Gloria: Yeah. So talking about the strengths of annotation, I think you’re right, it’s attention to detail, but I guess it’s also collaboration. It’s a lot of collaboration because when you read a text, person A would interpret that differently from person B. It’s very subjective, and one of the challenges in annotation is the subjectiveness of the text. And you want, for the model to learn, you need high-quality consistent data. And that means it needs to be thought the way you approach annotation should be more logical rather than intuitive. Because I feel like most people who don’t do the annotations or data labelling would think that, oh yeah, data labelling. When you read a text, you know what it means. It’s so intuitive. And that’s what you want to avoid intuitiveness because that’s where you introduce bias, basically the intuition, that’s your mental shortcut on how you interpret things. And the model can’t learn that the model learns differently. It needs to be logical, it needs to be consistent, and it needs to be reproducible because when you think about your intuition, sometimes you can’t explain it. It’s just my intuition. You can’t really say that to the client, be like, yeah, that’s my intuition. No, it needs to be like, you need to be able to logically explain why you labelled this data like this.

Tina: So removing that intuition, focusing on the logic part of it, that helps to reduce bias in the AI model because there are lots of conversations at the moment about bias.

How can we reduce bias and how can we make sure that AI isn’t naturally biased because of how it’s being trained?

Gloria: Yes. I mean bias by its definition is when the model makes the wrong assumptions and it gives the wrong answers. And that’s because the training data it was given was not reflective of the real world. And that’s what we want to avoid, the bias.

“But it’s hard to avoid bias because bias is everywhere. Bias is in human language, the way we write things, and the way we interpret them is a form of bias, and that’s why it’s quite difficult to kind of reduce it.”

But recognising your own biases and recognise where they may arise because it does arise in the different stages of the AI pipeline. So if you recognise that bias might happen here.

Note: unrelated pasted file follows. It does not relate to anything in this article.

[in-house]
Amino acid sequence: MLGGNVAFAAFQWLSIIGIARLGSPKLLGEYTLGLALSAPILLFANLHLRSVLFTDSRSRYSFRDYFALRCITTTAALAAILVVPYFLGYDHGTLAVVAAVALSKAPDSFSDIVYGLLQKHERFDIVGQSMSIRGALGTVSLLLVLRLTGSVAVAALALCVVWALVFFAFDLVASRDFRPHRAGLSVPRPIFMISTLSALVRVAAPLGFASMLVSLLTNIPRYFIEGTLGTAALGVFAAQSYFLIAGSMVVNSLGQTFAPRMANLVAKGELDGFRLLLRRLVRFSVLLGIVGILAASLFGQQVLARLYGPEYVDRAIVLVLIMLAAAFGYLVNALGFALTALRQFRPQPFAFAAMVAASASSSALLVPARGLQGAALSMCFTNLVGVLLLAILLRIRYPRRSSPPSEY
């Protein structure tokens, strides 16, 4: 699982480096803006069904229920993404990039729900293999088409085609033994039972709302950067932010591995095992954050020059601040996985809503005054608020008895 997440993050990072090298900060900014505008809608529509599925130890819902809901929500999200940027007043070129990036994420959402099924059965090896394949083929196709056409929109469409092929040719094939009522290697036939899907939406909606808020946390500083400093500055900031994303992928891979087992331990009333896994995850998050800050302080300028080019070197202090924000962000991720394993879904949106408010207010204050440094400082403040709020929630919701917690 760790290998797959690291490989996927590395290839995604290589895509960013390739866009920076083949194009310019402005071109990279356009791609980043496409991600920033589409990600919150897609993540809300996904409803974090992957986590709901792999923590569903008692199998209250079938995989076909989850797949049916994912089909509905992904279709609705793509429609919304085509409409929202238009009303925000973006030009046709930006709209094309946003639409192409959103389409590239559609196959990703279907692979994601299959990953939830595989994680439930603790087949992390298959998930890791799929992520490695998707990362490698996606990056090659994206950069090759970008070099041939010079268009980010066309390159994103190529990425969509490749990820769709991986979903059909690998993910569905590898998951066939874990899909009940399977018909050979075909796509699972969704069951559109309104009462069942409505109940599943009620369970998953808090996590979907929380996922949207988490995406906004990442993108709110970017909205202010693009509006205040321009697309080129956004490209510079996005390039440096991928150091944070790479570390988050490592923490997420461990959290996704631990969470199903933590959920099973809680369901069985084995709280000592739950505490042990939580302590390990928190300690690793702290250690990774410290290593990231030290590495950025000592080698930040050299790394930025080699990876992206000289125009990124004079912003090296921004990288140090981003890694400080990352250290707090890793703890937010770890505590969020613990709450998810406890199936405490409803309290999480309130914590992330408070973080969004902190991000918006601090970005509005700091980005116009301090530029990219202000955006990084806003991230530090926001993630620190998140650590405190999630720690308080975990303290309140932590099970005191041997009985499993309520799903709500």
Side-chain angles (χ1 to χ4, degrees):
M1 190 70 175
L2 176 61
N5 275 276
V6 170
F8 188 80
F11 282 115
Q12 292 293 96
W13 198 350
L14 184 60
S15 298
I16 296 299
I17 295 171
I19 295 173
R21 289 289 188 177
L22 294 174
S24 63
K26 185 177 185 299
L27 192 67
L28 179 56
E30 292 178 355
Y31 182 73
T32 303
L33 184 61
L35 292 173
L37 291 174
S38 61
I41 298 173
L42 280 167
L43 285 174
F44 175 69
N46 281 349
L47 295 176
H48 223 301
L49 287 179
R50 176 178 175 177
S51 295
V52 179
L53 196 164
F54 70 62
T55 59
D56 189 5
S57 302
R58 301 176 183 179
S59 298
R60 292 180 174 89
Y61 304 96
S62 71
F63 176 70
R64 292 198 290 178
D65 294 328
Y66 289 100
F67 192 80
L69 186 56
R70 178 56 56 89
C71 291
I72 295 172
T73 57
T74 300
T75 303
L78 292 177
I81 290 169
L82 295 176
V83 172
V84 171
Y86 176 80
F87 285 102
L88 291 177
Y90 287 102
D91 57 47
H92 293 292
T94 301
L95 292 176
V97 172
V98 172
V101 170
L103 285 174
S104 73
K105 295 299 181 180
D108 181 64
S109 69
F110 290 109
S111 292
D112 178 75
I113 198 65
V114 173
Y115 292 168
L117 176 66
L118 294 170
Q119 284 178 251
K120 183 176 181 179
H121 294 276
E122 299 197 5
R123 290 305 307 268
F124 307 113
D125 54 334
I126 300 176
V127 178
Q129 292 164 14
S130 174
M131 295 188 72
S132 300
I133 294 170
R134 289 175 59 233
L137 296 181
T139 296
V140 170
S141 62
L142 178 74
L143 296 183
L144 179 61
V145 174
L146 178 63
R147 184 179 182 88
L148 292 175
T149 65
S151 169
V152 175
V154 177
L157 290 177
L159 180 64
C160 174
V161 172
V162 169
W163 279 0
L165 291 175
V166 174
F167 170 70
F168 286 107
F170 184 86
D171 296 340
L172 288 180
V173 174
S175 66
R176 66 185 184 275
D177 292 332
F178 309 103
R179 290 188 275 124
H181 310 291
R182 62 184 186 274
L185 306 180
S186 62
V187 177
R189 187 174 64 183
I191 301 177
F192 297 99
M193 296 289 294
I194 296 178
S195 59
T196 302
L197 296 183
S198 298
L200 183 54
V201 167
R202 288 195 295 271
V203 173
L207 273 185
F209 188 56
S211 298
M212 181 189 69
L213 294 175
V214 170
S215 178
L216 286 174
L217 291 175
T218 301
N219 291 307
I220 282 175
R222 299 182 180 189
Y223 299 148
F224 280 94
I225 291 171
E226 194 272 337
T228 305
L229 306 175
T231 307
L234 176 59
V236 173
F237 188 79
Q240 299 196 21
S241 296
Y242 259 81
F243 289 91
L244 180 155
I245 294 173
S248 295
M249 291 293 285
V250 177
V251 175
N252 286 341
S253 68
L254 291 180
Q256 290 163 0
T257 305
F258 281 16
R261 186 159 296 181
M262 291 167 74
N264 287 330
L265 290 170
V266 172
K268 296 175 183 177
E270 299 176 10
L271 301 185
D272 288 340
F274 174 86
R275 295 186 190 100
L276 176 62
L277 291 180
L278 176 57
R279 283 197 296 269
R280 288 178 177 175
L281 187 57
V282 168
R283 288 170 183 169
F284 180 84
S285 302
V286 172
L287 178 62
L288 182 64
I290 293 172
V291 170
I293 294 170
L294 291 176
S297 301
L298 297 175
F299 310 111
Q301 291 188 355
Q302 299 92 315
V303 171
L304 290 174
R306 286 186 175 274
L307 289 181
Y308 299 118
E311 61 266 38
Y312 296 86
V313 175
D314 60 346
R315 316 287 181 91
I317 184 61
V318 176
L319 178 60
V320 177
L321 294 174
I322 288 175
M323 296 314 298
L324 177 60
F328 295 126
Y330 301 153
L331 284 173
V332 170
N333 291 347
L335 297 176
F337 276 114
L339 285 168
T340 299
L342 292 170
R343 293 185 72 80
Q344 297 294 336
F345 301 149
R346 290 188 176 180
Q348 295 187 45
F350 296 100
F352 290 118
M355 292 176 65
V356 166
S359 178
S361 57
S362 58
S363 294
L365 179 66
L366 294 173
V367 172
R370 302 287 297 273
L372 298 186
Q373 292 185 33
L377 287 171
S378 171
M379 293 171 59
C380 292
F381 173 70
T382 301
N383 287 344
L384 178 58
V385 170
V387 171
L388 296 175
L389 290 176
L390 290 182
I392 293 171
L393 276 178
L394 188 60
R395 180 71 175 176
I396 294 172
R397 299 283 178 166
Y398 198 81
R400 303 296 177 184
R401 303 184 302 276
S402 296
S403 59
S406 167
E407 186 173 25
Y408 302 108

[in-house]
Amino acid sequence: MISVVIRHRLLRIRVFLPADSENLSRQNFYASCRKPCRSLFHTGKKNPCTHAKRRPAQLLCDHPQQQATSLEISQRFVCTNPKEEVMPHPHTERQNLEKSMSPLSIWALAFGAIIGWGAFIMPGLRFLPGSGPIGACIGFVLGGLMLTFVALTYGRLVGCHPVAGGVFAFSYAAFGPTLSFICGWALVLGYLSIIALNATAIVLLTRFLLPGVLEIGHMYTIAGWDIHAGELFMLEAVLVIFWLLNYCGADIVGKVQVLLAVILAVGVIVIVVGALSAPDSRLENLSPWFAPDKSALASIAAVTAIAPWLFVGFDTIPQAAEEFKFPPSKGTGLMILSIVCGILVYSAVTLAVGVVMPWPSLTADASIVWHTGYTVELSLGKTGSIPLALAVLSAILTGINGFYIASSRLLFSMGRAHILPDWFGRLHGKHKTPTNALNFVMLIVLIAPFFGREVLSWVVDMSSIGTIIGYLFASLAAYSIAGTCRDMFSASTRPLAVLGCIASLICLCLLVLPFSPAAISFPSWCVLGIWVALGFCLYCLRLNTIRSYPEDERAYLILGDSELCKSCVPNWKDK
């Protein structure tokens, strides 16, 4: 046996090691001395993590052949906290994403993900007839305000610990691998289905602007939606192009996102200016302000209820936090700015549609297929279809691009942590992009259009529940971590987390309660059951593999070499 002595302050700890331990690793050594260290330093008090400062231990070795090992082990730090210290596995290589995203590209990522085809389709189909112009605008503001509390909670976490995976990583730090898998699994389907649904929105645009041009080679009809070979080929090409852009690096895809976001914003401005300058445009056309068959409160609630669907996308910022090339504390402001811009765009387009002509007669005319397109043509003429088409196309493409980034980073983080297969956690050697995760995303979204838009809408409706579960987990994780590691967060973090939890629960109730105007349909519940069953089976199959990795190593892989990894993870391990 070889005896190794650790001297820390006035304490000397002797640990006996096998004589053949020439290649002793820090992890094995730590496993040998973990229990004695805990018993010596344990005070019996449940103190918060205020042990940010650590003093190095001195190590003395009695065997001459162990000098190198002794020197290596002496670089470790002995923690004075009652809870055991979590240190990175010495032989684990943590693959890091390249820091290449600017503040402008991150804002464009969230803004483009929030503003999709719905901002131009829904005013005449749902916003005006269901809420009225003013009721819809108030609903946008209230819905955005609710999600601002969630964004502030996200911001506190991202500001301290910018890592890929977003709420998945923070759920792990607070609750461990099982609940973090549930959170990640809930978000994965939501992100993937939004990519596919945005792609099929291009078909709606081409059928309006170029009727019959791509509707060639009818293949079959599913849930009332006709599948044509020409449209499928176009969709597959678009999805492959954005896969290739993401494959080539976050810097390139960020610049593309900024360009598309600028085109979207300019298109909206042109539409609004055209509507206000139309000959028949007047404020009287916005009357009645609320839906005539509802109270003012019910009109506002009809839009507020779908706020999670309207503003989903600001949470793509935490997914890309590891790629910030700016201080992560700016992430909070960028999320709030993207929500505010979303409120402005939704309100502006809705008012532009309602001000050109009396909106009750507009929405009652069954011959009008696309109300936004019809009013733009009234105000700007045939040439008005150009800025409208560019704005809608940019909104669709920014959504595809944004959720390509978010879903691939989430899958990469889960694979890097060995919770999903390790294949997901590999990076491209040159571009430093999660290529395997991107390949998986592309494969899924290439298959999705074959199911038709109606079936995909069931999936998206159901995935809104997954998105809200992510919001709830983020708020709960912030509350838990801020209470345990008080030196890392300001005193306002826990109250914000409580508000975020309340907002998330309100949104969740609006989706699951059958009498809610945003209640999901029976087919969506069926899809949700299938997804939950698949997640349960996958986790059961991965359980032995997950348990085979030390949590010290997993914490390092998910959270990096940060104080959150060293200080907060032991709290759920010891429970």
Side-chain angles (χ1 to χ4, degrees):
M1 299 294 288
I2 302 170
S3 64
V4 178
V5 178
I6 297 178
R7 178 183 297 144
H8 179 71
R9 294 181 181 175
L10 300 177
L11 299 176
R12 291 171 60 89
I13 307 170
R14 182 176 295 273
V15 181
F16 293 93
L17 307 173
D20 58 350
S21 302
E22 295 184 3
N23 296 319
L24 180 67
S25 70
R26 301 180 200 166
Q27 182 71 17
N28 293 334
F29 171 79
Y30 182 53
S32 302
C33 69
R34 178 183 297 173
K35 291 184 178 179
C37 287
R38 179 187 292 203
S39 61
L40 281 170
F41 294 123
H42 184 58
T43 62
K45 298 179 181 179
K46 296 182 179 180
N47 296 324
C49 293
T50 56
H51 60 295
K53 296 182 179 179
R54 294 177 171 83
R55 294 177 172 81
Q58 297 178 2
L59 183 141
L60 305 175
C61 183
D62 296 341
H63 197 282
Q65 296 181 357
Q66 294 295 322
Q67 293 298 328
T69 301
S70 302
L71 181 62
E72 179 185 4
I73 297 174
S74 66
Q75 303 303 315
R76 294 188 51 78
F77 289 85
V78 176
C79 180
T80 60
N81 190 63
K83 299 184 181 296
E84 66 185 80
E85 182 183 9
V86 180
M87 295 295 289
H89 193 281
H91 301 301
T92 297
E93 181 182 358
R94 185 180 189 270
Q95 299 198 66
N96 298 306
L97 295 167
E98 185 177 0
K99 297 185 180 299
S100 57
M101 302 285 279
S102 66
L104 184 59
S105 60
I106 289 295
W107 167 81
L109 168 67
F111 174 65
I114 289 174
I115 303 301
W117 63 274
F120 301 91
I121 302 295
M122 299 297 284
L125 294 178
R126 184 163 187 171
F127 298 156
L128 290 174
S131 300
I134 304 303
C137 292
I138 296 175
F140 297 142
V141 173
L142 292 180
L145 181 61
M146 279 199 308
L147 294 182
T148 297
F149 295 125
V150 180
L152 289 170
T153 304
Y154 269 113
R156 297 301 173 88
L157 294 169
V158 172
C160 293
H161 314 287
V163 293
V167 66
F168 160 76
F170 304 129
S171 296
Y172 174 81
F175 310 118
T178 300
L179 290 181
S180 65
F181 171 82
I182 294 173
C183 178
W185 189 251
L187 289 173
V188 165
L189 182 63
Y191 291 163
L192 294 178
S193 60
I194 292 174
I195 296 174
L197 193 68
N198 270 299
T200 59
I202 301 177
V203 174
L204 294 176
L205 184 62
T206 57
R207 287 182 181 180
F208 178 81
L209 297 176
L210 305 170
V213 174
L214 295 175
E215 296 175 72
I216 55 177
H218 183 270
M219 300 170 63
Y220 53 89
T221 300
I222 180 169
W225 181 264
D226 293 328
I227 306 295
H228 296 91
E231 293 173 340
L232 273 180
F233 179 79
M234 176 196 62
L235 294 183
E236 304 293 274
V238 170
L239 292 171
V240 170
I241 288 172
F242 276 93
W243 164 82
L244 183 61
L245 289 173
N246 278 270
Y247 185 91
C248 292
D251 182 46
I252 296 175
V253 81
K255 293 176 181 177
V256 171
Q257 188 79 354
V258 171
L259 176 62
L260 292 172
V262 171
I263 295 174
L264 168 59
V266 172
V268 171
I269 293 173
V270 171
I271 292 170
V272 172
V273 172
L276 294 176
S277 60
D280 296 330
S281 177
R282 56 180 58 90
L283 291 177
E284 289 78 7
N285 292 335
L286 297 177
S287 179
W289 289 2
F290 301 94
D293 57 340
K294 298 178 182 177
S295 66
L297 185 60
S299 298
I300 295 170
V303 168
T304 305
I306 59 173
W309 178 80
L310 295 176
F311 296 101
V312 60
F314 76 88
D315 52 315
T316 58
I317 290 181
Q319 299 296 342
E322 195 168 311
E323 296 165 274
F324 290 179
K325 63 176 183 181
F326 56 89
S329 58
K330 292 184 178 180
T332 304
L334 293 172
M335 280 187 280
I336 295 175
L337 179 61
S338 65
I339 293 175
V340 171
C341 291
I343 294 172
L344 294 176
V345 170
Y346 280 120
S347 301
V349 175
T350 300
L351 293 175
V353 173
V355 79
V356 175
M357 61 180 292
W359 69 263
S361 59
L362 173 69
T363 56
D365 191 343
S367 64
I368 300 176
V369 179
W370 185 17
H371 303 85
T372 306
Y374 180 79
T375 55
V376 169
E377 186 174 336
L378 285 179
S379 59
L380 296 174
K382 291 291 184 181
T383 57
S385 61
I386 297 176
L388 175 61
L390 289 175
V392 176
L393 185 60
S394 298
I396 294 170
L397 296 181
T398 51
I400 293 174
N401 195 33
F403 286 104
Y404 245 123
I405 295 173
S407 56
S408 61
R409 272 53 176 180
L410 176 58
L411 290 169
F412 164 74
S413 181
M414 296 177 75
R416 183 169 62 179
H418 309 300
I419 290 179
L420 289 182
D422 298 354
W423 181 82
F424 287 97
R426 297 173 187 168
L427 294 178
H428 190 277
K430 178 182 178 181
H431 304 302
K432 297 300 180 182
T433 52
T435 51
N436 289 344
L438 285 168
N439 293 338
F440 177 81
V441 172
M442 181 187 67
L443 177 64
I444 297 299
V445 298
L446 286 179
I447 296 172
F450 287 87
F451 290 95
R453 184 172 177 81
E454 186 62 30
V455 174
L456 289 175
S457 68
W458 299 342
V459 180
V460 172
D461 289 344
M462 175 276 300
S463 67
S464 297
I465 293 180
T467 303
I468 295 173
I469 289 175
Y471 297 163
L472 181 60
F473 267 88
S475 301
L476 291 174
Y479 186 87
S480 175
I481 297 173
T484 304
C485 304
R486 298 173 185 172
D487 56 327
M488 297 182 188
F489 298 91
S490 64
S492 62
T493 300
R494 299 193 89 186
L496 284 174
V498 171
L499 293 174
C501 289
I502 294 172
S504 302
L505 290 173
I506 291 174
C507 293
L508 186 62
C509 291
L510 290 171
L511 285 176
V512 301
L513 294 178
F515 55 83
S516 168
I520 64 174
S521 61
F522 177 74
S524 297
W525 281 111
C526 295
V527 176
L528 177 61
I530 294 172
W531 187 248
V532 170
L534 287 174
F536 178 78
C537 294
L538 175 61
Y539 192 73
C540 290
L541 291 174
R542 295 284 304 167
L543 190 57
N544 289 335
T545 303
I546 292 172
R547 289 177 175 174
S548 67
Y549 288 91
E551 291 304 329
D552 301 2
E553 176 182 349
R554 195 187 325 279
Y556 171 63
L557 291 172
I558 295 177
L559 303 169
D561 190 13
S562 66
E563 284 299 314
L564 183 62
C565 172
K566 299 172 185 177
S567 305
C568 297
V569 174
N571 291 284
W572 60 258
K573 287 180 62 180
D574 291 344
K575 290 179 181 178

Do people recognise their own bias?

Gloria: I guess it’s so difficult. You do recognise and you realise it when you collaborate and talk to other people and you’re just like, oh yeah, sometimes it’s so automatic. Intuition is so automatic, and you don’t realise that you’re being intuitive until someone calls you out and says, I don’t think it’s like this. It’s like this. Also, this is why it’s very important in annotation that you have proper documentation of rules and logic because sometimes you contradict yourself, and this is what I’m talking about, consistency. You should be consistent. Annotation is better done in a cross-team collaboration with our subject matter experts. So we have our clinical psychiatrists that we talk to for advice as well. And having just a well-rounded team with different perspectives avoids that unintentional bias.

How can we help young women move into AI?

Gloria: That’s a really good question. I think being aware of it at a very young stage, especially in school would help. And I’m just basing this on my experience and taking it as a great result. Maybe this is just in my school, the interest in physics and maths tends to be male-dominated, and physics and maths are kind of the requirements for working in AI.

Why is it at school then that there are just many boys doing physics?

Gloria: Honestly, I don’t know. I did psychology, but I didn’t want to be there. You tend to go with your friends or, as I found with physics A-Level, it didn’t really interest me because it was almost all boys in the class. There was only one girl there. And it was the opposite in psychology. There were only two guys.

Tina: Definitely a gender divide going on there. Women want to find out what’s going on in people’s heads, what makes you tick. And men just want to get things to tick.

Gloria: I guess it’s more because if you give them a choice, then kids usually choose where they’re more comfortable. Sometimes it’s not even the subject, it’s the presence of the people.

Tina: The friends and their teachers. I think that’s a really good point. I remember when I was at school, I had a choice of doing French and German. I was good at French, but I didn’t like the French teacher. I chose German. That wasn’t a clever move on my part.

Gloria: I mean, the same for me. I wanted to do history, but my friends chose drama, so I did drama. It was fun. But I wish I had chosen history. I don’t necessarily have the answer to how you break those barriers because those are the barriers that I experienced. And I think it is just more of, I guess collaborating, mixing people up. Collaboration is key.

Tina: Do you know Gloria, I genuinely have a feeling that just everything that you’ve said here will help young women see that working in AI is an option for them. Thank you very much, Gloria, for joining me today. I think it’s been really fun to speak to you and for everybody listening to this one; annotation and the AI modelling. It’s not one or the other. They need to work seamlessly together. So everything that I’ve heard through today with speaking to Gloria is around collaboration. As you’ll know, I have a keen interest in moving more women into STEM. And I think even just listening to Gloria and her experiences, just goes to show that we need to start at the beginning, start early. So this goes as a bit of a shout-out to the schools and the lecturers and the colleges.